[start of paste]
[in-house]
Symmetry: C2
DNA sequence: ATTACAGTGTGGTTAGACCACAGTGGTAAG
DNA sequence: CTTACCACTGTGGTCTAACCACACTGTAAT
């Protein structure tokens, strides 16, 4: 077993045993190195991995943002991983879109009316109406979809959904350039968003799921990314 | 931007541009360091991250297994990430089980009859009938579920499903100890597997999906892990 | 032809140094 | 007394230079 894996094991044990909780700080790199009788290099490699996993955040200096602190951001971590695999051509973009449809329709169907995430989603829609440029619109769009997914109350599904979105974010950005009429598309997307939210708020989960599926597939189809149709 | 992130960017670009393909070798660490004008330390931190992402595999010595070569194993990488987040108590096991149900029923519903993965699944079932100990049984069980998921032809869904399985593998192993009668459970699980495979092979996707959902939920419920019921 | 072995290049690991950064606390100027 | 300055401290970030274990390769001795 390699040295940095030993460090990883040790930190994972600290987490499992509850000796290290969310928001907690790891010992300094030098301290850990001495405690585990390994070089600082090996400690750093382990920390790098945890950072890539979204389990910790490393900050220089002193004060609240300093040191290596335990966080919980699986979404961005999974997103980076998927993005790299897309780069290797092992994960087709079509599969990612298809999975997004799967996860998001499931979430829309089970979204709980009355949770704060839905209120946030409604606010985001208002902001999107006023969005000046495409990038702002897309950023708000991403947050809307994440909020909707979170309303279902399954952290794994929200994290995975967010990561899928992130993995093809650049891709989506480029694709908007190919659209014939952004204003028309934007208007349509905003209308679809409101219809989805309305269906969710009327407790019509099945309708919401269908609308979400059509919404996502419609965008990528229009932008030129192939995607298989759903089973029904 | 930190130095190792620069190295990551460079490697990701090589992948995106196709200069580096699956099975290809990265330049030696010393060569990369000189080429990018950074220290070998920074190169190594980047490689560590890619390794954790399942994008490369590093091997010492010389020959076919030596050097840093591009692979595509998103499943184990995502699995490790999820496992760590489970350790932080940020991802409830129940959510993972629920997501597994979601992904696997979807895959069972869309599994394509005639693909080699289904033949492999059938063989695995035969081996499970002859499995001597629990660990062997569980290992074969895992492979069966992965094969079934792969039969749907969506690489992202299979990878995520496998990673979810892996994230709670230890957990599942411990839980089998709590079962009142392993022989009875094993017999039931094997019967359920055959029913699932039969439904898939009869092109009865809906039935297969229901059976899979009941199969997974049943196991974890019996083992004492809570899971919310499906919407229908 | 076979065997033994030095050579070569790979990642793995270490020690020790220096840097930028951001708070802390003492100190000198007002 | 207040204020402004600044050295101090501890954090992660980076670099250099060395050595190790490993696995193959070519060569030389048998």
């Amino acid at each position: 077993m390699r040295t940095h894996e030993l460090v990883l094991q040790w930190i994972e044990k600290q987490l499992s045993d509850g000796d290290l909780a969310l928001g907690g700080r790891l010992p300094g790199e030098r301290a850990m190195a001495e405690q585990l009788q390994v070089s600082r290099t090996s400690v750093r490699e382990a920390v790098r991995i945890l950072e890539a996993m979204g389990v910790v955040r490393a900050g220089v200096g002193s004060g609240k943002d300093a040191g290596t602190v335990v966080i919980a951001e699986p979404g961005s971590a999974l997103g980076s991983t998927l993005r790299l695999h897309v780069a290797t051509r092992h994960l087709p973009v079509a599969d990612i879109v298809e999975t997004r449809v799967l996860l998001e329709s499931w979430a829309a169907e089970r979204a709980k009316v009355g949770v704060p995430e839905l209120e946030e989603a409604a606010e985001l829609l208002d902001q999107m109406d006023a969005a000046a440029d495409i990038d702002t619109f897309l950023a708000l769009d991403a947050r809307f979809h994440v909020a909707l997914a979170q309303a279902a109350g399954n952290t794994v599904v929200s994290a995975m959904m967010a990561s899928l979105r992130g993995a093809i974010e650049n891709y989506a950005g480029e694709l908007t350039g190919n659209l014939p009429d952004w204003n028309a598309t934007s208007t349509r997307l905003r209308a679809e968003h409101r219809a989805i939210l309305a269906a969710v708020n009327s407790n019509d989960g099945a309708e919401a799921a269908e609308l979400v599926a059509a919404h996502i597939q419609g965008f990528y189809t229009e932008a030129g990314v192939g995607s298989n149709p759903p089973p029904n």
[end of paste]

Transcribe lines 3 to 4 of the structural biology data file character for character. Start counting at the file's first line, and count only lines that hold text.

DNA sequence: ATTACAGTGTGGTTAGACCACAGTGGTAAG
DNA sequence: CTTACCACTGTGGTCTAACCACACTGTAAT